(4 / 5)
Anton Chekhov’s famous play, “The Seagull” is given an airing by a stellar cast, in a straightforward and faithful adaptation by director Michael Mayer.
Chekhov set out to write a comedy, and much of the framework of the story bears witness to this. Many of the principal characters are victims of unrequited love. Konstantin loves Nina who loves Trigorin, who kind of loves Irina who certainly loves him back. Masha loves Konstantin but Medvedenko loves her. You get the picture? Maybe not!
Any film adaptation of a great play, is, to some degree, on a bit of a loser, because the unique intimacy of the stage and its relationship with the audience, is key in such a tight play as this.
Having said that, if you take the film on its own values, then Michael Mayer has done an accomplished job.
The strength of the movie lies in its actors.
Annette Benning as Irina, an actress on the decline – both guilty of love and tenderness, but, chronically self-absorbed, is perfectly cast. Having just started her seventh decade, she still has the sexiness to be believable as a fading actress, who can still reel in a younger man, and a famous writer at that.
Saoirse Ronan, the talented Irish-American actress, whose name always causes me difficulty to pronounce, has the right balance of sensitivity and determination to make Nina a sympathetic heroine.
For me the pick of the female protagonists, (in a competitive field) is Elizabeth Moss as the increasingly dissolute Masha, who realises that she is alive but only physically. You wish that she had more scenes because she manage to steal every one she is in.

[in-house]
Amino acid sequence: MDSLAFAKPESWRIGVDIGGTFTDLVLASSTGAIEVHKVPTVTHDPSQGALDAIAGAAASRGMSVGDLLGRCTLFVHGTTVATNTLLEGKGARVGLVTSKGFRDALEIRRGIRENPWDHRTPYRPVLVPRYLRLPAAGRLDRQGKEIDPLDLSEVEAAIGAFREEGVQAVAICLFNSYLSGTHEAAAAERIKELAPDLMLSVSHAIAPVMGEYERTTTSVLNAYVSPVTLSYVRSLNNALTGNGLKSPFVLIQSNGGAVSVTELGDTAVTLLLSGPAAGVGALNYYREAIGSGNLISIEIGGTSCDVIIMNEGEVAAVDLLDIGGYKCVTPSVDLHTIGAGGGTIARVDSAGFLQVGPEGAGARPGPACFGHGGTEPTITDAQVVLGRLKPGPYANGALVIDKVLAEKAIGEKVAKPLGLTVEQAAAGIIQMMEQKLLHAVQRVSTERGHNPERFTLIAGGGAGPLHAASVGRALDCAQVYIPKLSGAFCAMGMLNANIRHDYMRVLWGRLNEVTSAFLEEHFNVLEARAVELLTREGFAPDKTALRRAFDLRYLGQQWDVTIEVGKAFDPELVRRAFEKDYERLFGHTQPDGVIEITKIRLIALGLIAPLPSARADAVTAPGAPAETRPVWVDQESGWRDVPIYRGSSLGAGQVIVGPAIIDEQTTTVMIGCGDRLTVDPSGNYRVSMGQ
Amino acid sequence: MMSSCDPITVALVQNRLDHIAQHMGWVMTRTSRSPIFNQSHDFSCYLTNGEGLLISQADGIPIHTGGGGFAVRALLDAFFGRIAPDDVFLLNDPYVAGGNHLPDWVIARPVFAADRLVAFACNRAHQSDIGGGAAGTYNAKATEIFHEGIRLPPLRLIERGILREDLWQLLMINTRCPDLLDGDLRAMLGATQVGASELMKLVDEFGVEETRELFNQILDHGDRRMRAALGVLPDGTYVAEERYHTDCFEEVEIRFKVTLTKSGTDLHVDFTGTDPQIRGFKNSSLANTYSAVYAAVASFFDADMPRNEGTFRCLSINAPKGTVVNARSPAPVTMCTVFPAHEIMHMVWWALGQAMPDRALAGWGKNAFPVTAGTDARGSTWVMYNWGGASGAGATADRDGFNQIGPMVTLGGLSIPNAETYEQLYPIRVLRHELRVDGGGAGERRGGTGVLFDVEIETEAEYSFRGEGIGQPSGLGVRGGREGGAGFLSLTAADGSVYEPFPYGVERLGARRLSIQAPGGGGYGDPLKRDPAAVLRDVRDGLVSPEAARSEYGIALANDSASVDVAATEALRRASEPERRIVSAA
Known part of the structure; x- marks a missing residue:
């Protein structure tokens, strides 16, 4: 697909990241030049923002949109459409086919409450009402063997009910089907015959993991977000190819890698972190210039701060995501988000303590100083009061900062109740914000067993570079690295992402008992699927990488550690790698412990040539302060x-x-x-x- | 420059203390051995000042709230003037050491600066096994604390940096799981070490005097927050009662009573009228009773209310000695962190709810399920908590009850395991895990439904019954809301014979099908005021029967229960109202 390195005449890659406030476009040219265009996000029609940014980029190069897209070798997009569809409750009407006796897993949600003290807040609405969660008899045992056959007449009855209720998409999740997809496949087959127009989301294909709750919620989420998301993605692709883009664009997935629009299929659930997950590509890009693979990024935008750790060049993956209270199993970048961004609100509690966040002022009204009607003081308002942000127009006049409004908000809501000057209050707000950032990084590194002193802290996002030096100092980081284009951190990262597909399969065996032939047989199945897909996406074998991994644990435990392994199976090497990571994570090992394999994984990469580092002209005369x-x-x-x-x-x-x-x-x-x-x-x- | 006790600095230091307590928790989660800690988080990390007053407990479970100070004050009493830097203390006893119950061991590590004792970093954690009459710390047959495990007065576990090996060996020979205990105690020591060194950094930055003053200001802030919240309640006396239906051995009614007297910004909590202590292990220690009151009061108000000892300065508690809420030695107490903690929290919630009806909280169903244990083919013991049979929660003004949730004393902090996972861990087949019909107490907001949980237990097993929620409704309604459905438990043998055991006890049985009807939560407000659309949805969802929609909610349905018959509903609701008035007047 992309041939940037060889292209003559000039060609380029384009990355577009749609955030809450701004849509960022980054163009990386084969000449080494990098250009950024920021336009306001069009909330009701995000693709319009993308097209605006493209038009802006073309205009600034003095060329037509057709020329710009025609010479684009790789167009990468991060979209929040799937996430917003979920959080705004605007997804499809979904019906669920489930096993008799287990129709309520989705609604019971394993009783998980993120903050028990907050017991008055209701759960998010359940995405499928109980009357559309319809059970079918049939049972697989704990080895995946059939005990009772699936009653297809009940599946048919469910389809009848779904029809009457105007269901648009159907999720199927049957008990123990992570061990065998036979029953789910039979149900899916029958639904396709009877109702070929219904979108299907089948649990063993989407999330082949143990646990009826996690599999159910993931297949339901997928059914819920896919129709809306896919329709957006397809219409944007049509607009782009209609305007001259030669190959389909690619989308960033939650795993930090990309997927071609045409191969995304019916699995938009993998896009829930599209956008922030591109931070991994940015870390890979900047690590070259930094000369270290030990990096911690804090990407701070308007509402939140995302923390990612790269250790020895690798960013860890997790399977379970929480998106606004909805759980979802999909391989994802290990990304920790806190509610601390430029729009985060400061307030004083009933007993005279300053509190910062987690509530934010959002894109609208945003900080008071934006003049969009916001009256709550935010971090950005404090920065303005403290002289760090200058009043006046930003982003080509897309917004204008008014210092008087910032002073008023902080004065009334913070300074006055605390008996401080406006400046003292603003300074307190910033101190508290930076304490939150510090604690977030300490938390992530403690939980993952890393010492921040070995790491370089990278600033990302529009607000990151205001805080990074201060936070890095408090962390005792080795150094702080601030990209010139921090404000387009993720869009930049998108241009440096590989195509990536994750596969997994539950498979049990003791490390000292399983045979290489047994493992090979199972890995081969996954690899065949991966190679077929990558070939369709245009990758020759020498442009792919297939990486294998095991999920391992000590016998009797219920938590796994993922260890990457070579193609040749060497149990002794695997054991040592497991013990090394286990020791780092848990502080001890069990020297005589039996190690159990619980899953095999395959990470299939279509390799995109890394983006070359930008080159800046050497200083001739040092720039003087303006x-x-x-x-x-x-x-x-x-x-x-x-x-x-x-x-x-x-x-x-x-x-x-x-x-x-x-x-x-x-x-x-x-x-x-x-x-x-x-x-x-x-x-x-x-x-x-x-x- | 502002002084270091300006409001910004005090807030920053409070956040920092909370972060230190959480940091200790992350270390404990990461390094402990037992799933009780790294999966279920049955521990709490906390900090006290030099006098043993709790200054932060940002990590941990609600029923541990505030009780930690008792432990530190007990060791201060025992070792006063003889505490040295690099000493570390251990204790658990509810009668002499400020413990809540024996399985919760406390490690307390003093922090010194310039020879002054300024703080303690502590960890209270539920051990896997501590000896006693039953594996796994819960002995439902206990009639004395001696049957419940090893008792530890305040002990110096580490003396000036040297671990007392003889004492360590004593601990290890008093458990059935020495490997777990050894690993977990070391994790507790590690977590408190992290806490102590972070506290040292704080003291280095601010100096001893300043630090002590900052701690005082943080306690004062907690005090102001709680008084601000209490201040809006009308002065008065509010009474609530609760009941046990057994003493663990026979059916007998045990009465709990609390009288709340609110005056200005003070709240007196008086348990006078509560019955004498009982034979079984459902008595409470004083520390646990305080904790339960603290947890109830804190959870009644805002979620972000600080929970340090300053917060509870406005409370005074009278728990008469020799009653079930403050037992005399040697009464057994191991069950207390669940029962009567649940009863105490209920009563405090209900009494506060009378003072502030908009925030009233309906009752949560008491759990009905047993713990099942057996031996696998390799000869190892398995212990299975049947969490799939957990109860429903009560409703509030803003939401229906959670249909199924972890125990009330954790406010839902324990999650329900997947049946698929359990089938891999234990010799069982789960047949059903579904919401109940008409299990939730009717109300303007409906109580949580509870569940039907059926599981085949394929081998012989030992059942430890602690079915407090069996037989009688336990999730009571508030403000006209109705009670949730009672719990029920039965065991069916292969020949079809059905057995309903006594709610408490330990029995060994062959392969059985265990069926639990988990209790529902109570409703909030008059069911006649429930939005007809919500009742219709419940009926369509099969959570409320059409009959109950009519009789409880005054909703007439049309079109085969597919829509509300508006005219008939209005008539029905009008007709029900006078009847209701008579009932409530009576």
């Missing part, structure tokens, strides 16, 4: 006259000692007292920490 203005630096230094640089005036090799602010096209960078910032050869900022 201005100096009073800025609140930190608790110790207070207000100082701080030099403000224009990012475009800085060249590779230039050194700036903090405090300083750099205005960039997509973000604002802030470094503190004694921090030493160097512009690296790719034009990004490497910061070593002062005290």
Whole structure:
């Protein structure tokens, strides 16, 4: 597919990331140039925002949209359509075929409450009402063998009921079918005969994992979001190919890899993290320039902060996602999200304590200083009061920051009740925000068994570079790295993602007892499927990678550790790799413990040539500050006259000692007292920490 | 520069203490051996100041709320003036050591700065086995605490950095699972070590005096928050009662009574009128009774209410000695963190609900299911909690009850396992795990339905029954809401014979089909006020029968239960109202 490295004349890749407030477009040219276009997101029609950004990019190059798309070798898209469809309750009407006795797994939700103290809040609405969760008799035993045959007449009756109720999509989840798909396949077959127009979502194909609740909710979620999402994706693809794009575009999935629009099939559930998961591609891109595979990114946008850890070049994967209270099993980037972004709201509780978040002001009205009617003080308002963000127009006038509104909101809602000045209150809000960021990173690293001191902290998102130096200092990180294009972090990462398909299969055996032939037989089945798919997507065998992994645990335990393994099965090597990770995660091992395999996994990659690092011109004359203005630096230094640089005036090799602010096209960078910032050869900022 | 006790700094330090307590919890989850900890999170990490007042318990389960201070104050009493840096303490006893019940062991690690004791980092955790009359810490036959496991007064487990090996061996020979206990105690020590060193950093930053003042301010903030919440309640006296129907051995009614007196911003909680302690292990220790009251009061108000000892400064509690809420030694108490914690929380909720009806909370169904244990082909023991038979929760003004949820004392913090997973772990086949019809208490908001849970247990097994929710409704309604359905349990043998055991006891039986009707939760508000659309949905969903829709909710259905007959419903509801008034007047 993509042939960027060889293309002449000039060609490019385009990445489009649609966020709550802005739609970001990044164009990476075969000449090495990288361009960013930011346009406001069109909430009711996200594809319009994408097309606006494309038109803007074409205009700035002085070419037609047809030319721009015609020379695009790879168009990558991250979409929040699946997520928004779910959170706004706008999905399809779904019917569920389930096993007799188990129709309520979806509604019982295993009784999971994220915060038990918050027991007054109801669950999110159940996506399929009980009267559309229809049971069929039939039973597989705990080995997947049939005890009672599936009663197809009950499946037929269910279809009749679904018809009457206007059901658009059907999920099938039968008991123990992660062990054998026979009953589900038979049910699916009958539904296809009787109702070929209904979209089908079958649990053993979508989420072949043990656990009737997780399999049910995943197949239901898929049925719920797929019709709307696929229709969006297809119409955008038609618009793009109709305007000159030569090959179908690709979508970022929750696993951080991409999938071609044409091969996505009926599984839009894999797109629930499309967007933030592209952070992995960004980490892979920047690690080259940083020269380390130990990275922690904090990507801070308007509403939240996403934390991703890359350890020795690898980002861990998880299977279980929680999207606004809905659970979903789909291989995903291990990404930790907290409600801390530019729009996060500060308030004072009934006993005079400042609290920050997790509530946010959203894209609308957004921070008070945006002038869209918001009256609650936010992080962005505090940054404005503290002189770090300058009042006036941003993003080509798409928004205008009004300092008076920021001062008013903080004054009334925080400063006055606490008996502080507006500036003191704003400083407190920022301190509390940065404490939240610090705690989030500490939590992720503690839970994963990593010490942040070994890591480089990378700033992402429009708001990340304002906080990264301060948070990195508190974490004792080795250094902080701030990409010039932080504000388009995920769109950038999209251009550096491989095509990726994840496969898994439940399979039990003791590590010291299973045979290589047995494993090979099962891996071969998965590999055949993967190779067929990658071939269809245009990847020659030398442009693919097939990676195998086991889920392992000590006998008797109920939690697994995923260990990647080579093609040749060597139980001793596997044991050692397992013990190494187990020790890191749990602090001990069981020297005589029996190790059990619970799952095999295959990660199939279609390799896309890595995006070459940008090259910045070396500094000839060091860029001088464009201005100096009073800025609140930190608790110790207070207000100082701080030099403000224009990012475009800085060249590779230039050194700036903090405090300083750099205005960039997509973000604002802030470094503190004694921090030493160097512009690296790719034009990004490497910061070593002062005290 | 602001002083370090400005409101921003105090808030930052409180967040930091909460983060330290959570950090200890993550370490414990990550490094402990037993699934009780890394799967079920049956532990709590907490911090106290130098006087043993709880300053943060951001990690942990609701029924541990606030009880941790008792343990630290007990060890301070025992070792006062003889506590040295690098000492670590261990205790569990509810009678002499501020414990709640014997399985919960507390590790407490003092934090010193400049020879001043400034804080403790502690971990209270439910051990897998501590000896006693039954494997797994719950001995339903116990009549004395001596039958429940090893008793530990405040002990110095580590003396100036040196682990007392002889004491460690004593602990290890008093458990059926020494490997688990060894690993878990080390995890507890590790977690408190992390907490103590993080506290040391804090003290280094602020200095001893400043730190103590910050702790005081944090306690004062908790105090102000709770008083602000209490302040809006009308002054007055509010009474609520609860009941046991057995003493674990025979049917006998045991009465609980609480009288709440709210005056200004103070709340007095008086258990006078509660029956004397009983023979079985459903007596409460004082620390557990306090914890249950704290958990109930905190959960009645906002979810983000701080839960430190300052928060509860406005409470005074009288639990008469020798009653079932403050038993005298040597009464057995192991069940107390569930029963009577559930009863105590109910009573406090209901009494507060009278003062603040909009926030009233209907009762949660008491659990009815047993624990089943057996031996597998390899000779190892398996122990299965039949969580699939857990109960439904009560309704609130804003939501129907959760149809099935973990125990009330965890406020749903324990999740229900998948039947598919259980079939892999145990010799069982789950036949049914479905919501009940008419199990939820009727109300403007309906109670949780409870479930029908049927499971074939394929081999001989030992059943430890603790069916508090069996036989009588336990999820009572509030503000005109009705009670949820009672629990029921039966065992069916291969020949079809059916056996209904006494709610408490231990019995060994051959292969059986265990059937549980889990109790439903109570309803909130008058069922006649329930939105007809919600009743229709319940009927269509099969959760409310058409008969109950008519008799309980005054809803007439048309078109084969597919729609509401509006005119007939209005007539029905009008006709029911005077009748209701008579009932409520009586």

Of the male actors, I liked Corey Stoll’s rather laid-back Boris Trigorin. I have seen stage actors overplay this character, to the extent that he becomes rather annoying. There is a bit of Chekhov in Trigorin, the acknowledged leading writer in Russia, and there is also part of him in Konstantin, ( Billy Howle)- the writer trying to find himself and make his name.
Good support is offered by stalwart Brian Dennehy as Sorin, Irina’s dying brother, and Jon Tenney as Doctor Dorn, who recognises talent in Konstantin’s writing.
Besides the acting, the lighting and cinematography are really good. It manages to retain the level of intimacy that I talked about at the start of this review.
The final meeting of Konstantin and Nina, is enhanced by the lighting, and renders it a profoundly moving scene, which is exactly what is required.
One small gripe is that I didn’t think it necessary to be quite as explicit at the end. The viewer is left in no doubt what has happened, but the offstage gunshot in the staged version, followed by Dorn and Trigorin leaving to sort out the mess works better.
“The Seagull” is a worthy adaptation of a theatre classic, that allows an audience who can’t get to see it on stage, an admirable substitute.
Genre: Drama, Adapted from a play
Running time: 99 minutes
The film was viewed at Chapter Screen 1.